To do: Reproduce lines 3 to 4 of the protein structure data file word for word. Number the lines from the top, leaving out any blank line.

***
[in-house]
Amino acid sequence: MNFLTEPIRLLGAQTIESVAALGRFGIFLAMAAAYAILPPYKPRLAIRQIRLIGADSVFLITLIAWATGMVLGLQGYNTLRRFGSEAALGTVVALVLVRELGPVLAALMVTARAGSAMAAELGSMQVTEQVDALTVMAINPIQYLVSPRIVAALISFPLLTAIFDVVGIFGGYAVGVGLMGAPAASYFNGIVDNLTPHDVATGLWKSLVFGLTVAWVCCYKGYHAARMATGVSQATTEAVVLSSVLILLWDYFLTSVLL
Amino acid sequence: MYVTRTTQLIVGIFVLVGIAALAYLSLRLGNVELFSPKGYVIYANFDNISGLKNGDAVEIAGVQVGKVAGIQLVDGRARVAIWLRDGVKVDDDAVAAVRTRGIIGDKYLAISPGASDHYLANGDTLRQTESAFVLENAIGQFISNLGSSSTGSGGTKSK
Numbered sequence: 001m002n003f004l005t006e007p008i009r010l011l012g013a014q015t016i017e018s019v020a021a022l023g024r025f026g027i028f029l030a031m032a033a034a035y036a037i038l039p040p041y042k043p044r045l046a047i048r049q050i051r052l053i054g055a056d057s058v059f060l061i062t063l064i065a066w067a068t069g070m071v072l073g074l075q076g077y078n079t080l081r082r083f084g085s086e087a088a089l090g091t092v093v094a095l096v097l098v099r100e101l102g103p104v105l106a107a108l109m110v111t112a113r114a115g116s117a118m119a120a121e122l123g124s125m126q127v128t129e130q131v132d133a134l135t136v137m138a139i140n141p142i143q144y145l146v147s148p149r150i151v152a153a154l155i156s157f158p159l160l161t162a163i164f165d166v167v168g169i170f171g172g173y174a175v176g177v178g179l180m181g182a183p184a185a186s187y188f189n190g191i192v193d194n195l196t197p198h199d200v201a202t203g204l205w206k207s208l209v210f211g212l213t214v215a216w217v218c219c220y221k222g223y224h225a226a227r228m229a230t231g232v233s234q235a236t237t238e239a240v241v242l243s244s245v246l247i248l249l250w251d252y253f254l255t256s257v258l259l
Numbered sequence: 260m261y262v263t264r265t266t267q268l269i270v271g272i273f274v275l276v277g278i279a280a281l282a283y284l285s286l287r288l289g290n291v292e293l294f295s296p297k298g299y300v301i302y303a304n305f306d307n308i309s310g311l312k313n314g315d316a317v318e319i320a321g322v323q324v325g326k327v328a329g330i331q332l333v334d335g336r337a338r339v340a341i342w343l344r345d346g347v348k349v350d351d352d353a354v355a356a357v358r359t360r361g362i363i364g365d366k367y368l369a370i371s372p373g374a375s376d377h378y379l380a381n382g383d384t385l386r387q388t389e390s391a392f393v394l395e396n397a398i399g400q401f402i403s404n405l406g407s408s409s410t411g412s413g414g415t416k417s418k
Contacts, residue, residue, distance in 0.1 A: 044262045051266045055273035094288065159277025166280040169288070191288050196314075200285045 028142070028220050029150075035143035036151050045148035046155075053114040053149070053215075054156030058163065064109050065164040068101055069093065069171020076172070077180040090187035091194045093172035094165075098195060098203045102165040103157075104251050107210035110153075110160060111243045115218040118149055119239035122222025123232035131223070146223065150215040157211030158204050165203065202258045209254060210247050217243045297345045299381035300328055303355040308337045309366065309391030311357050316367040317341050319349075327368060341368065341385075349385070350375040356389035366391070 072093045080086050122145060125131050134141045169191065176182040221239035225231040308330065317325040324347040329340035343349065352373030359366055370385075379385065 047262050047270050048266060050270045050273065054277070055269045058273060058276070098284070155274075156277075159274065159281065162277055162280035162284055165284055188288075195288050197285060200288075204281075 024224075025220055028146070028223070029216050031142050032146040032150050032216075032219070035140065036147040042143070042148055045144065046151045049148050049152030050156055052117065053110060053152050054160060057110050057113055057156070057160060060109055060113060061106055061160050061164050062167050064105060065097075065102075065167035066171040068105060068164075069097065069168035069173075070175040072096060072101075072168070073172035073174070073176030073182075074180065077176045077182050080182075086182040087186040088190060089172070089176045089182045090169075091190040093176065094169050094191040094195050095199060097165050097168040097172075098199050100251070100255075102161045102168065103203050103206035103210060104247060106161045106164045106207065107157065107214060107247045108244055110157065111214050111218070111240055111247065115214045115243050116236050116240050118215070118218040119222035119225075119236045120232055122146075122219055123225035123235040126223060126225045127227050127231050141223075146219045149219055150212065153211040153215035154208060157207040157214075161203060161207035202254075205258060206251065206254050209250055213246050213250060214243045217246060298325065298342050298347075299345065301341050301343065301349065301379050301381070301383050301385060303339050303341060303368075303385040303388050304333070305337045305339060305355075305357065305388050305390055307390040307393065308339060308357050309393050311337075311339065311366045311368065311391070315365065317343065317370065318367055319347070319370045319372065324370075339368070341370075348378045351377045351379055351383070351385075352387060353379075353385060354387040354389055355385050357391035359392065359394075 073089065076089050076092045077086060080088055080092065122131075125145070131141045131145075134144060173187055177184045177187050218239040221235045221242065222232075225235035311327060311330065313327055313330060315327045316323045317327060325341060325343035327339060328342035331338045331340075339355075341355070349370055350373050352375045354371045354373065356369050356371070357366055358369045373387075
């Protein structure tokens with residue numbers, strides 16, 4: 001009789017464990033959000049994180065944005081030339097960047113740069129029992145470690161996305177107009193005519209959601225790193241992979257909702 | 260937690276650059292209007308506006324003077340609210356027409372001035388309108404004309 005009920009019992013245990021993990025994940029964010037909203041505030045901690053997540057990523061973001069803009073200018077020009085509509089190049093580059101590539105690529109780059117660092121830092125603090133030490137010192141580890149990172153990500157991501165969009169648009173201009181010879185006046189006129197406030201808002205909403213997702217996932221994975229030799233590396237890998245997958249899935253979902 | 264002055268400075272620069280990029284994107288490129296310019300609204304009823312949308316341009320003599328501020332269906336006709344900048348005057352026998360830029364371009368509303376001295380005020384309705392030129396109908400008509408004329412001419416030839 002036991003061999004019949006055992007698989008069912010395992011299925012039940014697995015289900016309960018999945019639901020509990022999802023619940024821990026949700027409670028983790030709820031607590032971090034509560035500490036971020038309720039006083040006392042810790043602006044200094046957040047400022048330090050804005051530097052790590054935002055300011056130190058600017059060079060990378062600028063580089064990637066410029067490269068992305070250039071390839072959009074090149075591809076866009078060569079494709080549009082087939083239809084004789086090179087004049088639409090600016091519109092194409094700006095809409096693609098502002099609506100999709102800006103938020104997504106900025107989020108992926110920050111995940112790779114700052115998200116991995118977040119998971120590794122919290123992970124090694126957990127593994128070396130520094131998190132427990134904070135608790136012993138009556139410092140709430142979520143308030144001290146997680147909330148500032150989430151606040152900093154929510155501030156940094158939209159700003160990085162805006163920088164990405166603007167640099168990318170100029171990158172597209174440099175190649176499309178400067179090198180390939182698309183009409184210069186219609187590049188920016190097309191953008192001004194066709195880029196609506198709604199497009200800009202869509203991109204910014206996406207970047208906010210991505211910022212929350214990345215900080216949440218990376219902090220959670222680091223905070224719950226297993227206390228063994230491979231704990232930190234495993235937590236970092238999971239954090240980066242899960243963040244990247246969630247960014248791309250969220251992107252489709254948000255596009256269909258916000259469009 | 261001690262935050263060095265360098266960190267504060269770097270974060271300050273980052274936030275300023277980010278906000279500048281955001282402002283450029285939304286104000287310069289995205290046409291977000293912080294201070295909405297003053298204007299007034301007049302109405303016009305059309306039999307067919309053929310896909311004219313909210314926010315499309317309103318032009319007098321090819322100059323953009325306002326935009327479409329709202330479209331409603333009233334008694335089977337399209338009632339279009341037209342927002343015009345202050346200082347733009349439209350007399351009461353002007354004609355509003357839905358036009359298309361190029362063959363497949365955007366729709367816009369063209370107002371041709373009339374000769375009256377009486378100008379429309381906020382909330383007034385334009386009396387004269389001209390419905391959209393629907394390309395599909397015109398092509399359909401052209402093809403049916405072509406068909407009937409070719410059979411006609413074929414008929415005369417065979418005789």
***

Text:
Amino acid sequence: MYVTRTTQLIVGIFVLVGIAALAYLSLRLGNVELFSPKGYVIYANFDNISGLKNGDAVEIAGVQVGKVAGIQLVDGRARVAIWLRDGVKVDDDAVAAVRTRGIIGDKYLAISPGASDHYLANGDTLRQTESAFVLENAIGQFISNLGSSSTGSGGTKSK
Numbered sequence: 001m002n003f004l005t006e007p008i009r010l011l012g013a014q015t016i017e018s019v020a021a022l023g024r025f026g027i028f029l030a031m032a033a034a035y036a037i038l039p040p041y042k043p044r045l046a047i048r049q050i051r052l053i054g055a056d057s058v059f060l061i062t063l064i065a066w067a068t069g070m071v072l073g074l075q076g077y078n079t080l081r082r083f084g085s086e087a088a089l090g091t092v093v094a095l096v097l098v099r100e101l102g103p104v105l106a107a108l109m110v111t112a113r114a115g116s117a118m119a120a121e122l123g124s125m126q127v128t129e130q131v132d133a134l135t136v137m138a139i140n141p142i143q144y145l146v147s148p149r150i151v152a153a154l155i156s157f158p159l160l161t162a163i164f165d166v167v168g169i170f171g172g173y174a175v176g177v178g179l180m181g182a183p184a185a186s187y188f189n190g191i192v193d194n195l196t197p198h199d200v201a202t203g204l205w206k207s208l209v210f211g212l213t214v215a216w217v218c219c220y221k222g223y224h225a226a227r228m229a230t231g232v233s234q235a236t237t238e239a240v241v242l243s244s245v246l247i248l249l250w251d252y253f254l255t256s257v258l259l